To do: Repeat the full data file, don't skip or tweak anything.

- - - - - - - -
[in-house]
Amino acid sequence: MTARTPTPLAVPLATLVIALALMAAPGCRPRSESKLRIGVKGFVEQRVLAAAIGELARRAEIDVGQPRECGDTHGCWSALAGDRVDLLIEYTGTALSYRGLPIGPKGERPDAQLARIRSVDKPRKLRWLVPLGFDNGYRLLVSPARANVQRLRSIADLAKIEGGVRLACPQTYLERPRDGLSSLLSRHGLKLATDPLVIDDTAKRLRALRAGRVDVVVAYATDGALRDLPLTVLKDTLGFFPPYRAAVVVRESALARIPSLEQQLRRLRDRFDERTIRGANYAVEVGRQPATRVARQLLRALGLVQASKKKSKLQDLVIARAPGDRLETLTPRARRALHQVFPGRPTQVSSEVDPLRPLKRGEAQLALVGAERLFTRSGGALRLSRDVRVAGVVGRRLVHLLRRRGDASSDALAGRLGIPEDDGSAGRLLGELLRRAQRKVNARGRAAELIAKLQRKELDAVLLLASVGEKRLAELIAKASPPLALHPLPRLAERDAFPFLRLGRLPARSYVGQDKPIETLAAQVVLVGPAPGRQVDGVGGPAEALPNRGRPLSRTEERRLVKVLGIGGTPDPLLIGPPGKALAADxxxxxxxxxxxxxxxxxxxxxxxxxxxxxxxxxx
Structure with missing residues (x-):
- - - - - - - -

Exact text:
[in-house]
Amino acid sequence: MTARTPTPLAVPLATLVIALALMAAPGCRPRSESKLRIGVKGFVEQRVLAAAIGELARRAEIDVGQPRECGDTHGCWSALAGDRVDLLIEYTGTALSYRGLPIGPKGERPDAQLARIRSVDKPRKLRWLVPLGFDNGYRLLVSPARANVQRLRSIADLAKIEGGVRLACPQTYLERPRDGLSSLLSRHGLKLATDPLVIDDTAKRLRALRAGRVDVVVAYATDGALRDLPLTVLKDTLGFFPPYRAAVVVRESALARIPSLEQQLRRLRDRFDERTIRGANYAVEVGRQPATRVARQLLRALGLVQASKKKSKLQDLVIARAPGDRLETLTPRARRALHQVFPGRPTQVSSEVDPLRPLKRGEAQLALVGAERLFTRSGGALRLSRDVRVAGVVGRRLVHLLRRRGDASSDALAGRLGIPEDDGSAGRLLGELLRRAQRKVNARGRAAELIAKLQRKELDAVLLLASVGEKRLAELIAKASPPLALHPLPRLAERDAFPFLRLGRLPARSYVGQDKPIETLAAQVVLVGPAPGRQVDGVGGPAEALPNRGRPLSRTEERRLVKVLGIGGTPDPLLIGPPGKALAADxxxxxxxxxxxxxxxxxxxxxxxxxxxxxxxxxx
Structure with missing residues (x-):